Marketing to Fit the Times

Over the years that I have been consulting, writing this blog, contributing to various publications, newsletters, podcasts, etc., I have tried to impress industry folks to stay connected to the current times in terms of marketing. By this I mean, don’t lose sight of what is going on in the world around you, locally, nationally, socially, economically. It’s perfectly fine to be idealistic and even futuristic in planning and strategizing but be careful in getting too far ahead of where your customer is at, their lived reality.

A few cases in point are salient. First, when Bud Light decided to launch a marketing campaign featuring a transgender social media influencer, Dylan Mulvaney, it spun-up outrage with its largest customer base. Interesting enough, that base wasn’t necessarily identified as politically conservative although, conservative identified beer drinkers were part of that base. The boycott group viewed themselves as every day, beer drinking, weekend barbecuing, family-oriented Americans. The term I use is “middle Americans”. Race, religion, politics, etc., were not top of the boycott group’s minds.  They felt the brand became disloyal to them and instead, pushed an agenda of some sort, that they found offensive and non-representative. Bud Light/Anheuser Busch sales fell 30% and the company market value dropped $27 billion. Its beer market position (Bud Light) lost its number one position (sales) to Modelo Especial.

A second illustrating case belongs to Target Brands (Target stores) which took a similar path to Bud Light, deciding to highlight or showcase Pride theme clothing (LGBTQ+ designed apparel) in its stores during Pride month, including a line of swimwear designed for transgender youth. As shoppers reacted to Target’s retail positioning of the Pride merchandise, displays were toppled and sales plummeted, with Target losing $10 billion in market valuation in 10 days. The typical Target shopper is a suburban mother between 35 and 44 years of age. The typical Target customer also has some college education and a household income of $80,000.  The lesson? Suburban moms were offended by Pride merchandise displayed and targeted (no pun intended) to children.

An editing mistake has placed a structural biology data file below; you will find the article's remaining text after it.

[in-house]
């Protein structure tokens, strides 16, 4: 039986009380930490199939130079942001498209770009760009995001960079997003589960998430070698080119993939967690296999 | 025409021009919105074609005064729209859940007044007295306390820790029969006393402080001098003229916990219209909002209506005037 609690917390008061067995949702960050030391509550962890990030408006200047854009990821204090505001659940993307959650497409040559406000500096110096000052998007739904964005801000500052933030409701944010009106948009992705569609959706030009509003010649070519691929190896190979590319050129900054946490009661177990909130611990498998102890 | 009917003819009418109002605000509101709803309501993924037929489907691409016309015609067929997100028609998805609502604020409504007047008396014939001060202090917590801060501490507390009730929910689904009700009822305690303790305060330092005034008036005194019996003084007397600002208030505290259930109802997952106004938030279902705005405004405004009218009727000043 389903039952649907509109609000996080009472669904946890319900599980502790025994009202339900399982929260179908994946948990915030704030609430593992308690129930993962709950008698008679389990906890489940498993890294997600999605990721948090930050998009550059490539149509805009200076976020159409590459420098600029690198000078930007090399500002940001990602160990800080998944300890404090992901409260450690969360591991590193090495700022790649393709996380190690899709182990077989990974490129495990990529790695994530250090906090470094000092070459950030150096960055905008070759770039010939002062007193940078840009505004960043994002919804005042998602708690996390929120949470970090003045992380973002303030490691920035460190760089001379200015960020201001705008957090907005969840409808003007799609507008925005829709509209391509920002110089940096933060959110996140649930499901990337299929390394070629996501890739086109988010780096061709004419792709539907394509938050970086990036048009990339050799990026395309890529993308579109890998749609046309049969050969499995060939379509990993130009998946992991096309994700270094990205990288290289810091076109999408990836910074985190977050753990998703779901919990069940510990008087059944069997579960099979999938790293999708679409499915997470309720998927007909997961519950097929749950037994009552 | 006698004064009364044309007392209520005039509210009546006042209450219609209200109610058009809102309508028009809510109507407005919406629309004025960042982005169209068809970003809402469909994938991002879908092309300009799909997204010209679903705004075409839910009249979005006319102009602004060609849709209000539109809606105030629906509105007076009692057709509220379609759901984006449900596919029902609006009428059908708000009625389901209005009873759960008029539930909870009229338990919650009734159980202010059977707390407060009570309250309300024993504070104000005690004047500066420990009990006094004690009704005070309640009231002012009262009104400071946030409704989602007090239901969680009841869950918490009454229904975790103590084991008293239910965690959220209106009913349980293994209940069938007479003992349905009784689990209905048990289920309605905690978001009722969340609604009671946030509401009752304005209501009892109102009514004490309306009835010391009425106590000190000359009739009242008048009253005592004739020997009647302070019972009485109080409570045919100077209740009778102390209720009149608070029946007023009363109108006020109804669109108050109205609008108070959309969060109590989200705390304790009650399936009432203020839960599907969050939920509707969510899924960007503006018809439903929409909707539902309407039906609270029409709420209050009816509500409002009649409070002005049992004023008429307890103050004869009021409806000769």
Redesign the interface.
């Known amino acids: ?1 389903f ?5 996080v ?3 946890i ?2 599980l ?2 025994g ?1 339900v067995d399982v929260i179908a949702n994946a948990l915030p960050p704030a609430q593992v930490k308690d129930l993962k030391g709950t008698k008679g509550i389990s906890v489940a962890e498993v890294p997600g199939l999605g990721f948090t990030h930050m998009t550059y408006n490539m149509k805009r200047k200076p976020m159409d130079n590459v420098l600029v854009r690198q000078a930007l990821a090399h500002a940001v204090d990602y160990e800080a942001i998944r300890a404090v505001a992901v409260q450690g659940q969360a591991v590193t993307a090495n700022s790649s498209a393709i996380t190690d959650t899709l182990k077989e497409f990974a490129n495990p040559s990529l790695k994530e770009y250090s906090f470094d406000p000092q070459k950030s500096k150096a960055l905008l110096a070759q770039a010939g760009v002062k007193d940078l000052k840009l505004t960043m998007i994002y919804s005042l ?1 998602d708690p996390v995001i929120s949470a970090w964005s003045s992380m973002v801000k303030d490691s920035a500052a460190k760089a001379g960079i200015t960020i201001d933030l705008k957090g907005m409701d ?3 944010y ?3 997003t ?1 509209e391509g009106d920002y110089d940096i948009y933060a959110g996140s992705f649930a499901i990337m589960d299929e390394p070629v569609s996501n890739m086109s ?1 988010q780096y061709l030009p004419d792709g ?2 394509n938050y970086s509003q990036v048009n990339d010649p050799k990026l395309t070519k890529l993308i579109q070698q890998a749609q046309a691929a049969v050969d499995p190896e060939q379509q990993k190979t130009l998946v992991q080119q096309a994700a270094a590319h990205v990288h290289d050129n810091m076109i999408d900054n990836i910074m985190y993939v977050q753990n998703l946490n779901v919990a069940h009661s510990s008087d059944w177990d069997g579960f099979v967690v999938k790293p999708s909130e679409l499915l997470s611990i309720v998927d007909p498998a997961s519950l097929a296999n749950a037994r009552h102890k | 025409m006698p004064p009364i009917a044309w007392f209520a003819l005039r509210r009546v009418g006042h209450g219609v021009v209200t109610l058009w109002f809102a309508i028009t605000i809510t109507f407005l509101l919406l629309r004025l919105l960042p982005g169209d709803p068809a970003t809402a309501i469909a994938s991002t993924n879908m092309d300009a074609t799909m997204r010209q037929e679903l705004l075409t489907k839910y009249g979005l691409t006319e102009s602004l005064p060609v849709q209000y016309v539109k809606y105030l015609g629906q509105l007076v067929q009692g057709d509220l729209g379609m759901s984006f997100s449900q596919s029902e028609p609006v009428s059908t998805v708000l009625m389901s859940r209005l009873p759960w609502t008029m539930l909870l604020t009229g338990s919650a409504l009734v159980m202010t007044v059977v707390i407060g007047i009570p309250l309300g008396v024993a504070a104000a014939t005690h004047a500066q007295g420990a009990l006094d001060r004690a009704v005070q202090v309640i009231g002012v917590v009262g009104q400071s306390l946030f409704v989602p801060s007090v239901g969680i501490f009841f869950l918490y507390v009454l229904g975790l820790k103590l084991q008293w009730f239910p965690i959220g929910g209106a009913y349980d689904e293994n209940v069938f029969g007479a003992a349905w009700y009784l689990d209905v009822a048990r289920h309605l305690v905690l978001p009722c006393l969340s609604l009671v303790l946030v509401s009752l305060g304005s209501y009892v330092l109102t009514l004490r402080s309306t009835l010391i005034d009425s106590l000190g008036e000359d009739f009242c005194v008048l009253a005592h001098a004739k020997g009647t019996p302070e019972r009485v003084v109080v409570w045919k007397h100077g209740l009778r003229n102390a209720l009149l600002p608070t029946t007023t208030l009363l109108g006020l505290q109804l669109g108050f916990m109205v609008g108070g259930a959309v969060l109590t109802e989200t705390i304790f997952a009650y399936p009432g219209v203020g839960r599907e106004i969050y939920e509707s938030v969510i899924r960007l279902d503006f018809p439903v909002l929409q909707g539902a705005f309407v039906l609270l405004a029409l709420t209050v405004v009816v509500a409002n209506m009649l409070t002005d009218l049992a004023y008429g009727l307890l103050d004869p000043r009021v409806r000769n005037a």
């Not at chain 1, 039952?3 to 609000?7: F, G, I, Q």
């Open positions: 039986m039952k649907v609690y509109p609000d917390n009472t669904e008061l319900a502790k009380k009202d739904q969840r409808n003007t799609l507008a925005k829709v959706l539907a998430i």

The parallel between Bud Light and Target is that the main customer thinks about your brand in a typical way.  They have a bias, but it may not be as agenda driven as folk want to believe.  They may simply wish that what they are buying, using, consuming remains free from current social issues involving sexuality, politics, or religion.

My work is healthcare, mostly involving senior healthcare and senior living.  The title of this post fits as I watch senior living organizations struggle to regain occupancy levels post COVID and now, position for new trends that seem to be influenced by Boomers and lifestyle related issues for seniors.  An element of the struggle that will continue is the economy. Marketing campaigns need to seed economic reality into their messaging. Value proposition is critical to achieving sales successes, particularly in above market rate projects and Life Plan projects. Back in 2010 (remember the market conditions then?), I wrote a post about value propositions and marketing. The post is here: I also did a presentation on the same subject at a variety of conferences and trade shows. The presentation is here:

As I watch more senior living organizations morph their marketing strategies to incorporate more digital tools, experience suggests that a few tips, etc. are relevant.

  • Seniors are more digitally savvy these days but not high-end social media users.  It is more likely that their younger family members are willing to shop for senior living/care options digitally.  An internet presence is very, very important BUT the website must be intuitive, easy to use, and devoid of too much clutter and information. I also suggest videos wherever possible work better than lengthy text sections.